Symptoms of Overgrowth
If a chinchilla’s front teeth are overgrown, they may appear excessively long when the upper and lower lips are gently lifted, and you may be able to feel bumps along their jaw. Before these obvious signs emerge, however, your chinchilla may be experiencing overgrowth if they are:
Choosing softer or easier to chew food
Eating less overall
What Causes Overgrowth?
Chinchillas’ teeth, as with many other rodents, grow continuously throughout their lives. This is because in nature, wild chinchillas are often chewing on rough shrubbery and vegetation in the Andes mountains where they live. Because their diet is so abrasive, their teeth constantly grow to compensate. Their front teeth can grow as much as 2-3 inches per year!
Pet chinchillas typically are not fed the same type foods as they do in the wild. Instead of eating coarse vegetation, they are generally fed dry pellets and hay, which are much easier to chew. Hay consumption encourages chewing but not at the same frequency as seen in the wild. Because of this, pet chinchillas may experience tooth overgrowth.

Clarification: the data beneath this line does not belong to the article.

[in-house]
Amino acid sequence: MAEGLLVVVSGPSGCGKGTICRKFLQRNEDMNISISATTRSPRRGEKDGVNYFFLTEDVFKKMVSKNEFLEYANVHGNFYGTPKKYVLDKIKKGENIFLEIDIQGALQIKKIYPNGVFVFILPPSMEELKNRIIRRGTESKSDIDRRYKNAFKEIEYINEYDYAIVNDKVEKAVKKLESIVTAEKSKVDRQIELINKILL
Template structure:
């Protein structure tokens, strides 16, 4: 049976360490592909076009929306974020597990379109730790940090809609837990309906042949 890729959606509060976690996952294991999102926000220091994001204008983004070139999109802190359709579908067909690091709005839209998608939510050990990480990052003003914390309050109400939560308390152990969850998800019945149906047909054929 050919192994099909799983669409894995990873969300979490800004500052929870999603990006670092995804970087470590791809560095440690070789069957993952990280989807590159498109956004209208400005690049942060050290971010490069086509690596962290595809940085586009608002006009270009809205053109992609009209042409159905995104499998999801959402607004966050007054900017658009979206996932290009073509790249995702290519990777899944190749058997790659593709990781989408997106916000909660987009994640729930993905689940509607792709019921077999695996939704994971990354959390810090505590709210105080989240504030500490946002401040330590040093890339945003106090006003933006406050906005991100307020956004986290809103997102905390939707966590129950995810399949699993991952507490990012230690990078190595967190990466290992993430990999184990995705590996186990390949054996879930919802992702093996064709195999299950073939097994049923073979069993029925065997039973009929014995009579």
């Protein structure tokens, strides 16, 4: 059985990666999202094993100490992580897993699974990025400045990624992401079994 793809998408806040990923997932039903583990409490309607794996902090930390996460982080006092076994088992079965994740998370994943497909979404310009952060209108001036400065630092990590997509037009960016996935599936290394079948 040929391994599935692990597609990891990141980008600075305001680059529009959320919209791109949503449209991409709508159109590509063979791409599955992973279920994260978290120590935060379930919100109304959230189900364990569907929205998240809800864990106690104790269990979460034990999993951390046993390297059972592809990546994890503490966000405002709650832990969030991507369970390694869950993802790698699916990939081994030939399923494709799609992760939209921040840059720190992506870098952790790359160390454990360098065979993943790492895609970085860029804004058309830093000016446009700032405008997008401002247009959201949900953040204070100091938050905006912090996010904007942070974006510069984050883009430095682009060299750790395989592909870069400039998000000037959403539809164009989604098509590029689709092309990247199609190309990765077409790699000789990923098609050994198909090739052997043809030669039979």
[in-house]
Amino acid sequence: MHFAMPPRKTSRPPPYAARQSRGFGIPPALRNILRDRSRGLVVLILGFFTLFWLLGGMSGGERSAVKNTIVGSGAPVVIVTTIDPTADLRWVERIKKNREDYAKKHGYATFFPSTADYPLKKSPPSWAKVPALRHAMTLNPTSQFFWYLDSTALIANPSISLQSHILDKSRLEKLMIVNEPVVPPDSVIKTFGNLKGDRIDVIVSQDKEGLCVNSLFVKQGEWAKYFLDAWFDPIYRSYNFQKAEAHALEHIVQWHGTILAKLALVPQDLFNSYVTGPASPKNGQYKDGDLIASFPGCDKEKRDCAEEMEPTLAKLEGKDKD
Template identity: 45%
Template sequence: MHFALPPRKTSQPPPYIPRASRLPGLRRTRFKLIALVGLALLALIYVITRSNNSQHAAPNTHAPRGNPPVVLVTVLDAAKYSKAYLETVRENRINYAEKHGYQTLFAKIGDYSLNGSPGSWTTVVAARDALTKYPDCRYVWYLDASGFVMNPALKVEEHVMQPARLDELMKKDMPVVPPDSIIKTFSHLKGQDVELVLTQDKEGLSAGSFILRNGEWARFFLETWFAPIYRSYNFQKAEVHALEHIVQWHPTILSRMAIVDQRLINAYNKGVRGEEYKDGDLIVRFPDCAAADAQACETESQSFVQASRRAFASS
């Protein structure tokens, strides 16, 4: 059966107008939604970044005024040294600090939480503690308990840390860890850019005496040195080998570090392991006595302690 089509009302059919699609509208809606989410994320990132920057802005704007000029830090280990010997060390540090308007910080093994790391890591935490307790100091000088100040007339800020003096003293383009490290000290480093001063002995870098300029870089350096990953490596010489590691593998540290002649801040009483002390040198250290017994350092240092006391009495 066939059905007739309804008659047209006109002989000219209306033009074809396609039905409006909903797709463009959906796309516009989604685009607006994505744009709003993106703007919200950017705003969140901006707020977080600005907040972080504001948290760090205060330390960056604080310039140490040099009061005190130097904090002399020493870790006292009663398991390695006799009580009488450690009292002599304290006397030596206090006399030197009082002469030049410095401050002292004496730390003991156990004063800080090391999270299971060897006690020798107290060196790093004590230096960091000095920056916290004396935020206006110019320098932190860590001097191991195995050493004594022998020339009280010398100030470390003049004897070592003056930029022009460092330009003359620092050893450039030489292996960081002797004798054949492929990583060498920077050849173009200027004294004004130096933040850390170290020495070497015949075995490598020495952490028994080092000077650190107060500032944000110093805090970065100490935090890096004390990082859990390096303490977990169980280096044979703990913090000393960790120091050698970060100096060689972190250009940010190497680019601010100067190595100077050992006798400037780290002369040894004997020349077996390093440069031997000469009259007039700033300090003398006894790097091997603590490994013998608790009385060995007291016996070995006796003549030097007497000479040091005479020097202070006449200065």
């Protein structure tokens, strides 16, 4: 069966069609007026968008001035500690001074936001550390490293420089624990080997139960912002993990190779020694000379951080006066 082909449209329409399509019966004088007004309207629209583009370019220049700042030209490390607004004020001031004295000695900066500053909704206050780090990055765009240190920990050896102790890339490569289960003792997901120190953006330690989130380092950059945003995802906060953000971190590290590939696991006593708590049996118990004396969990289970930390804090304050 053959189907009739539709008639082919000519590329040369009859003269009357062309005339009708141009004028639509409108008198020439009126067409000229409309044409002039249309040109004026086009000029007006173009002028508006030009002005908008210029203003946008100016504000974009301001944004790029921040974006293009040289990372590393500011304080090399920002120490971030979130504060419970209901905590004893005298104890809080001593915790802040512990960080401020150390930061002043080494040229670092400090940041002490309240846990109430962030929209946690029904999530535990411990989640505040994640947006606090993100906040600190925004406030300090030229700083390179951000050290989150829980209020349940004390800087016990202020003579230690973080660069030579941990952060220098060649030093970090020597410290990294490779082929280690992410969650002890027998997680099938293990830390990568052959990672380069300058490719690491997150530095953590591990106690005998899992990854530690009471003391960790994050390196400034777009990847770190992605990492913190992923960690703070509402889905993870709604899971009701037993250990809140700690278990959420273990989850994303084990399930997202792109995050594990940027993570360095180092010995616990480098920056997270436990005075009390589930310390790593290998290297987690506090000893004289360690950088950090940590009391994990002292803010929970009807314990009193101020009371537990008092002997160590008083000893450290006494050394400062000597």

Treatment and Prevention
If your chinchilla is exhibiting any of these symptoms, you should take them to the vet immediately. The vet can determine whether overgrowth is occurring and perform tooth trims to get your pet back to a healthy state. If done correctly, tooth trims are not painful. Most likely, the veterinarian will administer anesthesia and use a handheld rotary tool to trim the front teeth.This method causes no trauma to the tooth. Trimming the back teeth is a bit more difficult than trimming the front teeth because of their location, but is done by using a handheld dental file while the animal is under anesthesia.
To prevent overgrown teeth, make sure your chinchilla has plenty of fibrous materials to chew on. Timothy hay and wooden chew toys are easy materials to add to the habitat in order to encourage chewing, and you can also occasionally give them chew treats to promote their dental health.